Researching and writing a historical novel
THE speaker at the Cumbrian Literary Group meeting was Sue Millard, a farmer, computing lecturer and author.
After publishing three books, she formed her own company, Jackdaw E Books.
Speaking on the topic “Researching and writing a historical novel”, Sue said her project began in 1993 when a neighbour asked her to transcribe and decipher a letter which had been written in 1835 by her grandfather, William Chaplin, a London coaching magnate.
As Sue’s own grandfather had been a coachman and she herself drove a single-horse carriage, she was inspired to write a novel about coaching, which she set in the year 1835 a time of great change in transport with the coming of the railways.
In the course of her talk, Sue spoke about the tremendous amount of research needed to give authenticity to such a work of fiction.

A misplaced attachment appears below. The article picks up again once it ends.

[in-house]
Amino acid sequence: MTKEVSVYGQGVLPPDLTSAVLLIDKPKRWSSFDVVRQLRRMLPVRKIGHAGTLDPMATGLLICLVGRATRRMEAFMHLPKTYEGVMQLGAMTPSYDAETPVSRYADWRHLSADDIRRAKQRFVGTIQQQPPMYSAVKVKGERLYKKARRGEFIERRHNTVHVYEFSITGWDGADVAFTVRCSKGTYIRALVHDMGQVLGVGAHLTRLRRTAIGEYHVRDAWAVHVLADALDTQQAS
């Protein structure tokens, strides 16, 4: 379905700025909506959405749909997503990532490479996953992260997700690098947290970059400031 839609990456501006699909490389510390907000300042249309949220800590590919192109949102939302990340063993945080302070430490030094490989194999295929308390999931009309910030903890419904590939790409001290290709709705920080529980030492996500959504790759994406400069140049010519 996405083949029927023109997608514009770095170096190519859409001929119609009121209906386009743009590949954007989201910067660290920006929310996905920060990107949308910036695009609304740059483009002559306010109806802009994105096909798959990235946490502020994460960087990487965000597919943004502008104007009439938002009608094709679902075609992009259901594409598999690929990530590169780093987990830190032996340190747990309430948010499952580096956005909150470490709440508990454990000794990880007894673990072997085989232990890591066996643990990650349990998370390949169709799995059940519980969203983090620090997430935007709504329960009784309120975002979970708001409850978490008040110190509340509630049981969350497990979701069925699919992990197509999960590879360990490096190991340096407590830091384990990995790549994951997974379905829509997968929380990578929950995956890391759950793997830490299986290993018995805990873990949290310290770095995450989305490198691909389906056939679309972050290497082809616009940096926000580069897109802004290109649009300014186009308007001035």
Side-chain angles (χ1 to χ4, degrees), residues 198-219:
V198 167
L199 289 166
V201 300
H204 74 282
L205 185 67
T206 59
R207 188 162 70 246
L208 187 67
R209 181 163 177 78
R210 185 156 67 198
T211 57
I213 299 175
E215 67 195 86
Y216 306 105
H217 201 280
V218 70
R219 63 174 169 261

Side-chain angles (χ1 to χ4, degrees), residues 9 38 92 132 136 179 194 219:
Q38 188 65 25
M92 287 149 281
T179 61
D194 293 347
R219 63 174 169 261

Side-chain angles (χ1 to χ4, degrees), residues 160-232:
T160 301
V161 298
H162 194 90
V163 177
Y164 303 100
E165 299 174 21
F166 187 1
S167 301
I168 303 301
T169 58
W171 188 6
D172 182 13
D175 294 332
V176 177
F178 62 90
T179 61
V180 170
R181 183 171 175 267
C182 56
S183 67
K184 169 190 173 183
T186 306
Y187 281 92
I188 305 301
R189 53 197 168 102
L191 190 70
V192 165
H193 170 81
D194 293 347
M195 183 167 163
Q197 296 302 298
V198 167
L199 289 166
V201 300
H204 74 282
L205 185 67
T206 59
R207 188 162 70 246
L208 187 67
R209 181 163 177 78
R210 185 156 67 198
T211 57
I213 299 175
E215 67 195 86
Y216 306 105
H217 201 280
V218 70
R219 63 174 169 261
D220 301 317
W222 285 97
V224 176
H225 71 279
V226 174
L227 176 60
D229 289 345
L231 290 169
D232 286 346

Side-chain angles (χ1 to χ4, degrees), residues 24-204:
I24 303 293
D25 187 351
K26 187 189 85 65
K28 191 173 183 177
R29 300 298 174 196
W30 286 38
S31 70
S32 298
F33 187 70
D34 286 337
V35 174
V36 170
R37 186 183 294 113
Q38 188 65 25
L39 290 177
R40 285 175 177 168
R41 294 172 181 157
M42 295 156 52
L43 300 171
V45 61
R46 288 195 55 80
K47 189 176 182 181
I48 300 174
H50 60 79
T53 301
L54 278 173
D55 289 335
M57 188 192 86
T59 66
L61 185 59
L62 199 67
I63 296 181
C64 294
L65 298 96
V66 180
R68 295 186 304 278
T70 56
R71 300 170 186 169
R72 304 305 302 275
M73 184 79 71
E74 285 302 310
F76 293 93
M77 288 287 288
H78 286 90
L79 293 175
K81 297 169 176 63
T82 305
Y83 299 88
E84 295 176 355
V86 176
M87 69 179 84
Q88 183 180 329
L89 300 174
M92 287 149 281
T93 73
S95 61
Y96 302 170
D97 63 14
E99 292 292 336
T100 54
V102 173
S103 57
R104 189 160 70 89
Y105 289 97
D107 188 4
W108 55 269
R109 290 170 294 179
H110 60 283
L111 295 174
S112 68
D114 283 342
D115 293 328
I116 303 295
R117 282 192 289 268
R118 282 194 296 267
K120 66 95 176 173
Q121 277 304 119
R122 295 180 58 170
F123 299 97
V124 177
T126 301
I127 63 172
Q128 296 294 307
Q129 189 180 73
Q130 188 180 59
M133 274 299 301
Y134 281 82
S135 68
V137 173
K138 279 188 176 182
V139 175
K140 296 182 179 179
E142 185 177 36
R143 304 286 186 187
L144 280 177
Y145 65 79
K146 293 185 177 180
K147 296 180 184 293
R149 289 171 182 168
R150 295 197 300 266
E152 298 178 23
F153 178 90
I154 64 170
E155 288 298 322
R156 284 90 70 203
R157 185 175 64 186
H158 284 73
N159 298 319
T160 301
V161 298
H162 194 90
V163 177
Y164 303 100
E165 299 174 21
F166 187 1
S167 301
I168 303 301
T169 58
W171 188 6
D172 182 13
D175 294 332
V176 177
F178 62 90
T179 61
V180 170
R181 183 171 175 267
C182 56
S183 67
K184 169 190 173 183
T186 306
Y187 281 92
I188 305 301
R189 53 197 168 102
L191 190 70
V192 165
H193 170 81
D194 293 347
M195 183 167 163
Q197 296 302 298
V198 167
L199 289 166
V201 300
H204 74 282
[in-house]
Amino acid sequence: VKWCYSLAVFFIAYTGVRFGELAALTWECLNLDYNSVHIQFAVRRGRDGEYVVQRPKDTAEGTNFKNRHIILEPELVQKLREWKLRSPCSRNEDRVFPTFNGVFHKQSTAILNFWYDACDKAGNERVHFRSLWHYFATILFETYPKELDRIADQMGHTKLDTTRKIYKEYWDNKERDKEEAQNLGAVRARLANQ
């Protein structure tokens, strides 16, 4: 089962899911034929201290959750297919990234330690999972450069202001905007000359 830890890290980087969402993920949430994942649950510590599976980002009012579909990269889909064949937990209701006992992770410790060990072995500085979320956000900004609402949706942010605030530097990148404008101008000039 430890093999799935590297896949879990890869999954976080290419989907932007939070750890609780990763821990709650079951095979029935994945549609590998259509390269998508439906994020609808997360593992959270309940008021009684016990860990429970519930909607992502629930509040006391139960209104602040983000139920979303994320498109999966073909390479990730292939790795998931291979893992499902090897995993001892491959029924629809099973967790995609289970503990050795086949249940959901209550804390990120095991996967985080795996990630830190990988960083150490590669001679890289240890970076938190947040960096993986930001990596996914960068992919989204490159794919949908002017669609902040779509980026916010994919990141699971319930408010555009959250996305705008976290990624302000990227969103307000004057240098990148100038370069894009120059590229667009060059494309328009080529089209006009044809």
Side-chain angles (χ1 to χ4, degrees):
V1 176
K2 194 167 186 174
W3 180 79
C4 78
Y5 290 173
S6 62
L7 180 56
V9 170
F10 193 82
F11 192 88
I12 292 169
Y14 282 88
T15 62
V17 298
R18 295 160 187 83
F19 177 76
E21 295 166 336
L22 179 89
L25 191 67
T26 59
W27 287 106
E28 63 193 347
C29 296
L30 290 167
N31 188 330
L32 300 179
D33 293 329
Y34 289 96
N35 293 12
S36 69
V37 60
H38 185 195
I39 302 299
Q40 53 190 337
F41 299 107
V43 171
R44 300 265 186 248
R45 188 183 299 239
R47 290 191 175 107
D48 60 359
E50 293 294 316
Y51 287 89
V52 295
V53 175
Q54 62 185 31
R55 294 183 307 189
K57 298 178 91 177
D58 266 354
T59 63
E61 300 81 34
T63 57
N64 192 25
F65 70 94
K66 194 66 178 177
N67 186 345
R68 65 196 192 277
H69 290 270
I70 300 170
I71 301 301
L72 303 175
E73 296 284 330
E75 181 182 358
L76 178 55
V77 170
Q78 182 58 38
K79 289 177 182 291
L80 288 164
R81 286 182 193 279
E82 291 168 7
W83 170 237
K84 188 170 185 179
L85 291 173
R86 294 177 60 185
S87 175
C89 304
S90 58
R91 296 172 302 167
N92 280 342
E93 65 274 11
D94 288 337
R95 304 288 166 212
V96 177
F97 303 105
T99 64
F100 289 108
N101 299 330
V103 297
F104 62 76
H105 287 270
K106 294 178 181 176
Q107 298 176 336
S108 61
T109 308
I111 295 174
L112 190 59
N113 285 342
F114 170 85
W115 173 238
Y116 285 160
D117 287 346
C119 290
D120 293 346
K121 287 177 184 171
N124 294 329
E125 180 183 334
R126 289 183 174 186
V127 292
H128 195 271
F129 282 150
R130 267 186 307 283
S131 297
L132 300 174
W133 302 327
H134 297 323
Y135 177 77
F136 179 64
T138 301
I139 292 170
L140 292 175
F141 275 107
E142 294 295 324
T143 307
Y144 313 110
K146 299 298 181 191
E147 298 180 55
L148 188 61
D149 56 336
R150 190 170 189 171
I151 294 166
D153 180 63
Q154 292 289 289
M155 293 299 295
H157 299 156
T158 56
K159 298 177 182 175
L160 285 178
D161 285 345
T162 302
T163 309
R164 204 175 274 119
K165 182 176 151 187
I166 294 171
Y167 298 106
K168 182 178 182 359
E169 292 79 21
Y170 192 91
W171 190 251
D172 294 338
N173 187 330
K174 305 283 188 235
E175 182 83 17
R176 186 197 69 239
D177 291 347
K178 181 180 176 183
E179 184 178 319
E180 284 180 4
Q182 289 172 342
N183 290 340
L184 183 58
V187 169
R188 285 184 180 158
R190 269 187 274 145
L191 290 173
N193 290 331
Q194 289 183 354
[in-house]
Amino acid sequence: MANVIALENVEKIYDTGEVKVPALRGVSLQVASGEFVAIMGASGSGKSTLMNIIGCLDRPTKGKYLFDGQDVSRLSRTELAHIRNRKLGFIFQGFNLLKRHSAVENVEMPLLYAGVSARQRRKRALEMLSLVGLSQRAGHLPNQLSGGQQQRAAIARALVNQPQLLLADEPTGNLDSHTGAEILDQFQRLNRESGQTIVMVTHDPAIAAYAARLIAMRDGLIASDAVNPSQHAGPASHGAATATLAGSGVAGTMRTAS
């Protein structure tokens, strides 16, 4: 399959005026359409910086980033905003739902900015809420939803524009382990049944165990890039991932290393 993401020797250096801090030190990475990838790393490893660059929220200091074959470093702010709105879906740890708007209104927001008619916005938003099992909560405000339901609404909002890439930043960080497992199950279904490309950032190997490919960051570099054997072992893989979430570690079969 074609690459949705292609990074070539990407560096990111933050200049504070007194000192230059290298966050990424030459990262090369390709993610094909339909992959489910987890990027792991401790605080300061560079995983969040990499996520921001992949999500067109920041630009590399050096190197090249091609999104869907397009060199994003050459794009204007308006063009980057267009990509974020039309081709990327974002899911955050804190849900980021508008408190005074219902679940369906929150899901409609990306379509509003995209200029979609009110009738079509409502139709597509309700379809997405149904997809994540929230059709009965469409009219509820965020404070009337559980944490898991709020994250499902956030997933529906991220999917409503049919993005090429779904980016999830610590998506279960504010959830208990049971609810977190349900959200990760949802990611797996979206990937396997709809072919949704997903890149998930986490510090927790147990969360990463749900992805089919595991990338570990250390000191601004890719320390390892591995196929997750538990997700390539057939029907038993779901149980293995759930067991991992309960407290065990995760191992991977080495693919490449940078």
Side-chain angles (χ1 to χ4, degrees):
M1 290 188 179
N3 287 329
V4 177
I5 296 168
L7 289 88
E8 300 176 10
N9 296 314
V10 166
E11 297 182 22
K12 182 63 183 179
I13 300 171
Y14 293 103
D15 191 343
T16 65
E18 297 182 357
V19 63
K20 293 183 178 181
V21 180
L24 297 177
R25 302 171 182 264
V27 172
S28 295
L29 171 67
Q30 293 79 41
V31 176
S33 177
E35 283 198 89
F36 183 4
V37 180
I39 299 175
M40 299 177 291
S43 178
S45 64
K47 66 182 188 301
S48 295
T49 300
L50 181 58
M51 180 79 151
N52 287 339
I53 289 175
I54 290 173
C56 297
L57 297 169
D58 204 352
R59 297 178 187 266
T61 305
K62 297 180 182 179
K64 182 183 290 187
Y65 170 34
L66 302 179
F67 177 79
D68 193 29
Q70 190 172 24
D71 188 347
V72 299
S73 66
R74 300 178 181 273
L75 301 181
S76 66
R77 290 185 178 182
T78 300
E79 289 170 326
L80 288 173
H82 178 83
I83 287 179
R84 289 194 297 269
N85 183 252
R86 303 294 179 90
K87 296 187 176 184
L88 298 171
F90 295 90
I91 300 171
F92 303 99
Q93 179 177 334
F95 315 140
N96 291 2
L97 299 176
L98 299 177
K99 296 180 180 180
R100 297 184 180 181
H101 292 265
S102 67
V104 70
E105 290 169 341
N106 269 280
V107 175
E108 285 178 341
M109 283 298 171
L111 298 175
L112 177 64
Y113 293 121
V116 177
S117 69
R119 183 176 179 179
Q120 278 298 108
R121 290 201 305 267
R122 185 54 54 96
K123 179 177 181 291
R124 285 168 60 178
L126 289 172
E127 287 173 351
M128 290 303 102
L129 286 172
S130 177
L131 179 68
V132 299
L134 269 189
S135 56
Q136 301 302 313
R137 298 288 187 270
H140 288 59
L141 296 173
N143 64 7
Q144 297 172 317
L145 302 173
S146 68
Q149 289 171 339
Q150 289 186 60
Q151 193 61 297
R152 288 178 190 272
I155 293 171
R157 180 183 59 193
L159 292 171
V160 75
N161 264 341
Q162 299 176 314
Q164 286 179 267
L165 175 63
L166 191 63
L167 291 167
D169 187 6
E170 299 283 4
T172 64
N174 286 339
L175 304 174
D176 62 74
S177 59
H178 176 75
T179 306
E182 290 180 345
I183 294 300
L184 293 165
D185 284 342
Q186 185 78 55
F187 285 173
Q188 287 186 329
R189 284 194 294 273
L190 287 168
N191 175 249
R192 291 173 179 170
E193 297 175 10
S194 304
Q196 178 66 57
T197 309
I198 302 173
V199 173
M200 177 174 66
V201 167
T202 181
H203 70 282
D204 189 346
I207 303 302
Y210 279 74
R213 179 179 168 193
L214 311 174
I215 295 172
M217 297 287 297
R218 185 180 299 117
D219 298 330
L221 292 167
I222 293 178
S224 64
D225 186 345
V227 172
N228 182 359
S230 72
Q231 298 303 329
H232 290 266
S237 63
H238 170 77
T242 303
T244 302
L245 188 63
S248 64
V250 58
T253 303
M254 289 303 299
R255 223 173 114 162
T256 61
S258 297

She told her audience of the invaluable benefit of the Internet, which led her to discover sites and archives she had not known before. Among these was the Royal Mail archive which gave a complete picture of the history of the mail service.
An additional source of help was the Leicester University Archive. Here she found directories for Carlisle which had information about people living at that time details of shops, occupations, stagecoach services and old maps of the city, as well as street maps of London.
In addition, the speaker said she had benefited from reading Dickens and studying the accounts by Henry Mayhew of London life.
Old dictionaries had supplied authentic vocabulary that would have been used in Victorian England.
What revealed the lengths to which this dedicated writer would go was her account of how she managed to set up for herself a ride, suitably attired, in a modern replica of a four-horse stagecoach.
This really showed her what it felt like to travel in the days of the early Victorian age.